TikTok Used to “Monitor Physical Location of Specific Americans,” Forbes Reports – TikTok Responds

TikTok parent ByteDance physical location Americans

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According to a new report from Forbes, TikTok parent company ByteDance planned to use the app to monitor the personal location of “specific American citizens.”

The report says the monitoring project is led by ByteDance’s Internal Audit and Risk Control department. It’s a team that was formed to investigate misconduct by current and former ByteDance employees. But Forbes says the team also planned to collect TikTok data about the location of specific Americans–even those who had no employment relationship with the company.

“It is unclear from the materials whether data about these Americans was actually collected; however, the plan was for a Beijing-based ByteDance team to obtain location data from U.S. users’ devices,” the report from Forbes states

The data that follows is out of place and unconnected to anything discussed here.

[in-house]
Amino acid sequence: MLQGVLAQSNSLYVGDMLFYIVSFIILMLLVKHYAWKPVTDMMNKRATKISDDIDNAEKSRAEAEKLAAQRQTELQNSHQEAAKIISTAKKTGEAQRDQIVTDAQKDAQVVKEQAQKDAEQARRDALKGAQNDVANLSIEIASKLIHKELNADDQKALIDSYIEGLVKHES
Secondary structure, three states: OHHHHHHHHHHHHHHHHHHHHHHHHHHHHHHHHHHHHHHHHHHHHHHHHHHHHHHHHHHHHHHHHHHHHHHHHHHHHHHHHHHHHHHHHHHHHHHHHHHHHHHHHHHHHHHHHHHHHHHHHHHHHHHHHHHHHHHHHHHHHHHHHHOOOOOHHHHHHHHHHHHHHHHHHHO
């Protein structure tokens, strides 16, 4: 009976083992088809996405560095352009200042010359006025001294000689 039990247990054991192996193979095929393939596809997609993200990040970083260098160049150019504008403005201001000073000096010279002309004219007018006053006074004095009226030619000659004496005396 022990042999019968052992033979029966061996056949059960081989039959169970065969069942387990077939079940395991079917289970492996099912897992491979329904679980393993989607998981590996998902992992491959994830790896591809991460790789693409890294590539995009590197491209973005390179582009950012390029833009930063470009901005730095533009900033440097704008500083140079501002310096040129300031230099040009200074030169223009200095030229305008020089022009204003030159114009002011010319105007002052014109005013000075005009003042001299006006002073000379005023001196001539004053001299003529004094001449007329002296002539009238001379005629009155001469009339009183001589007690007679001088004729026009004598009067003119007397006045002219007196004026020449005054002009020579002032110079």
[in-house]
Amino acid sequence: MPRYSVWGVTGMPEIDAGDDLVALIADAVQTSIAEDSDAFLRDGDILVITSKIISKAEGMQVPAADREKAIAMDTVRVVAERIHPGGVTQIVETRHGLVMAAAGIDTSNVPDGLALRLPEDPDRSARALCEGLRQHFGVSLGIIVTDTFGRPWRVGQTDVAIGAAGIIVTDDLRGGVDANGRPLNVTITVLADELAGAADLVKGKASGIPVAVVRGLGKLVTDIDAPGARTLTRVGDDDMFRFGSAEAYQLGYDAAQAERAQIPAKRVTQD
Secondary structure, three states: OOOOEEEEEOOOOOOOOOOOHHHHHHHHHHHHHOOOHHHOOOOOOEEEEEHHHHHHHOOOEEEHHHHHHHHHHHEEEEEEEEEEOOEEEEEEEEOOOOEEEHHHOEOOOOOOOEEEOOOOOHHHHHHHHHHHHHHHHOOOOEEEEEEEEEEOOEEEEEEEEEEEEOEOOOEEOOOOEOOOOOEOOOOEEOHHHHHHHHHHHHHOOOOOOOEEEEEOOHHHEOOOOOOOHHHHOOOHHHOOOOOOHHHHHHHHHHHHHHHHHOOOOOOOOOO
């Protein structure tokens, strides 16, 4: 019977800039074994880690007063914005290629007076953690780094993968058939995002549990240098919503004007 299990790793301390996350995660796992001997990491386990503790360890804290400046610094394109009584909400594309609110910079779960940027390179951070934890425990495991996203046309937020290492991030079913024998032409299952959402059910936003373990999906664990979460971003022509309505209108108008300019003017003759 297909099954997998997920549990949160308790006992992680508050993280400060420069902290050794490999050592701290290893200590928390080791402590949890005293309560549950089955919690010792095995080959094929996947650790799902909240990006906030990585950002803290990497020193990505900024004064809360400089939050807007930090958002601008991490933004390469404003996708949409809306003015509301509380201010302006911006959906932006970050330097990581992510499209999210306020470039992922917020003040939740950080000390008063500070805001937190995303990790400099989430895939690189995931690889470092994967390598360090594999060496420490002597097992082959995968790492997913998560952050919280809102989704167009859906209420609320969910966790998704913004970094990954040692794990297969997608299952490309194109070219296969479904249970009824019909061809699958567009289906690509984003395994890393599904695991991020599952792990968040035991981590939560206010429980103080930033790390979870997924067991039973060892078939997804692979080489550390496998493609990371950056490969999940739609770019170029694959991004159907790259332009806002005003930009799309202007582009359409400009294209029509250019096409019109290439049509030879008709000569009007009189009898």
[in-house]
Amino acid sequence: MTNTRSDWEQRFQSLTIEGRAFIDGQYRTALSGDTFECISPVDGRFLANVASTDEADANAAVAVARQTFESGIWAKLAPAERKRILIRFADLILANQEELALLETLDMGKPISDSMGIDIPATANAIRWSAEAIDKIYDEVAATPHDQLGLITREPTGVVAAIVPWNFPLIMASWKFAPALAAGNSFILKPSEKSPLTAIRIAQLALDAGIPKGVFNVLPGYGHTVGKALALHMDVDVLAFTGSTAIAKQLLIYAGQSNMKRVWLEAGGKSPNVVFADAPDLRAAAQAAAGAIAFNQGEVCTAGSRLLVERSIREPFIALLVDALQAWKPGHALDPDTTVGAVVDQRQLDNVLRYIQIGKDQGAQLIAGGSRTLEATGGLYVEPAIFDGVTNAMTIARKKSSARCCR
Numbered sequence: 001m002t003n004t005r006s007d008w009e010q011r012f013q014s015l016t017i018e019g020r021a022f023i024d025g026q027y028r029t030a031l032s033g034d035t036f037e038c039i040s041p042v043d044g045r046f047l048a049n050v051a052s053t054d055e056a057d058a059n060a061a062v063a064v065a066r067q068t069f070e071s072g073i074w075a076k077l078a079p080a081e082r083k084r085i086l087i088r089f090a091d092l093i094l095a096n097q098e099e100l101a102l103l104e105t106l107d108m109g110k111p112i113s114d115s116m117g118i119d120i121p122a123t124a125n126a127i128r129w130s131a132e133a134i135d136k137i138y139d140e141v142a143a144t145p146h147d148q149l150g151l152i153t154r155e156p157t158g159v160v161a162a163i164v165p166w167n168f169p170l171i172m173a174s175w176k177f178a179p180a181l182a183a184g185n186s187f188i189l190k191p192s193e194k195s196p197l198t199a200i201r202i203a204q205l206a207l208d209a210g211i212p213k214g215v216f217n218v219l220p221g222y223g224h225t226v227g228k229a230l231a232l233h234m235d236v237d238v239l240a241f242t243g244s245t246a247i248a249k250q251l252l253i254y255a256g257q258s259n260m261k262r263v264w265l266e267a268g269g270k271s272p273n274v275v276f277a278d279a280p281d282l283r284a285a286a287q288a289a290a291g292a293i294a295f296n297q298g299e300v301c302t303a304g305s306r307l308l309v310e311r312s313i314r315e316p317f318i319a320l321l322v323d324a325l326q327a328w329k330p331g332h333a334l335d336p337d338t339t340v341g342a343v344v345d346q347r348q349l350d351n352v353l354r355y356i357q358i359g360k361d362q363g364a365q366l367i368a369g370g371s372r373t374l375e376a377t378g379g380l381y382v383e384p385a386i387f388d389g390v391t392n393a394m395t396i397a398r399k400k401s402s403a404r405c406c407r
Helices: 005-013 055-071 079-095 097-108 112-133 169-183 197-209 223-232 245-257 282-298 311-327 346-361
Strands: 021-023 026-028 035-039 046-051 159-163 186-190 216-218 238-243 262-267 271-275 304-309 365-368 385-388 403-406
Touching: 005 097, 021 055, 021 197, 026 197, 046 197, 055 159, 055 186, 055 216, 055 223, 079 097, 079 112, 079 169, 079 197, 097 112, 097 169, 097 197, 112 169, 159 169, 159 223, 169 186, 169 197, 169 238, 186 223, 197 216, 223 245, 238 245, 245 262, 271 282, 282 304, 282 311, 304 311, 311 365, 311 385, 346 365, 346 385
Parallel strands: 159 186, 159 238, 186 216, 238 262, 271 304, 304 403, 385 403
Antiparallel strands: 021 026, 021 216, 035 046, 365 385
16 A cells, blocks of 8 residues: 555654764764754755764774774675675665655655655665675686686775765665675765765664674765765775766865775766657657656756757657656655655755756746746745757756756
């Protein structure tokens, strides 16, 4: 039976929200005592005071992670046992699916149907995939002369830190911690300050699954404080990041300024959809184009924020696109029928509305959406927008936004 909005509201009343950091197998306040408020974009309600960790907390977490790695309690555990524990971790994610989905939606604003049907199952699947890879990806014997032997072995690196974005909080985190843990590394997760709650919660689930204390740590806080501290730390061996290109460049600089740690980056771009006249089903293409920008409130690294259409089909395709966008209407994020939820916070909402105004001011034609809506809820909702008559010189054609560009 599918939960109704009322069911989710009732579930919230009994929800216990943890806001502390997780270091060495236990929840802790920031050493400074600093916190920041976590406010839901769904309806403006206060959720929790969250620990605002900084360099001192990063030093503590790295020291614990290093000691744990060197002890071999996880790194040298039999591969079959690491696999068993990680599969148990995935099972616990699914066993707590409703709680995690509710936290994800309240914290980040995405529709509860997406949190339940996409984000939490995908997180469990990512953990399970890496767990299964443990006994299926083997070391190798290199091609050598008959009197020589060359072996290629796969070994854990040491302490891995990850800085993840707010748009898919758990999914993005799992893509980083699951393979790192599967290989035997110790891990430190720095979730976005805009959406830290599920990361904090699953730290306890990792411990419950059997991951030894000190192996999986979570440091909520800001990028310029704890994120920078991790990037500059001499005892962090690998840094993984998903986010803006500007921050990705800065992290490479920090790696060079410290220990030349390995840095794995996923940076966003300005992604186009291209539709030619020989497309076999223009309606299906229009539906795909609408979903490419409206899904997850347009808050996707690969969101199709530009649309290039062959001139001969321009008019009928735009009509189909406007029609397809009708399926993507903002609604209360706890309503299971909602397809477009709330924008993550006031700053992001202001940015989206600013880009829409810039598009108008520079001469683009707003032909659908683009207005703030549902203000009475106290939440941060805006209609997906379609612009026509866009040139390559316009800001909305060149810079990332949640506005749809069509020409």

Following the report, TikTok responded to the allegations via a Twitter thread. “Forbes chose not to include the portion of our statement that disproved the feasibility of its core allegation: TikTok does not collect precise GPS location information from US users, meaning TikTok could not monitor US users in the way the article suggested,” the social media’s Twitter account reads

The statement also says that TikTok has never been used to target any members of the U.S. government, activists, public figures, or journalists, “nor do we serve them a different content experience than other users.”

That last bit is important because several American companies have been caught doing that. Uber and Facebook reportedly tracked the location of journalists using their apps. A 2015 investigation by the Electronic Privacy Information Center found that Uber monitored journalists who were covering the company.

In July, a U.S. Senate Intelligence Committee opened an investigation into whether TikTok misled lawmakers about China-based employees’ access to U.S. data following a report from BuzzFeed. That bombshell report revealed that ByteDance employees in China routinely accessed American data through back doors built into the TikTok app.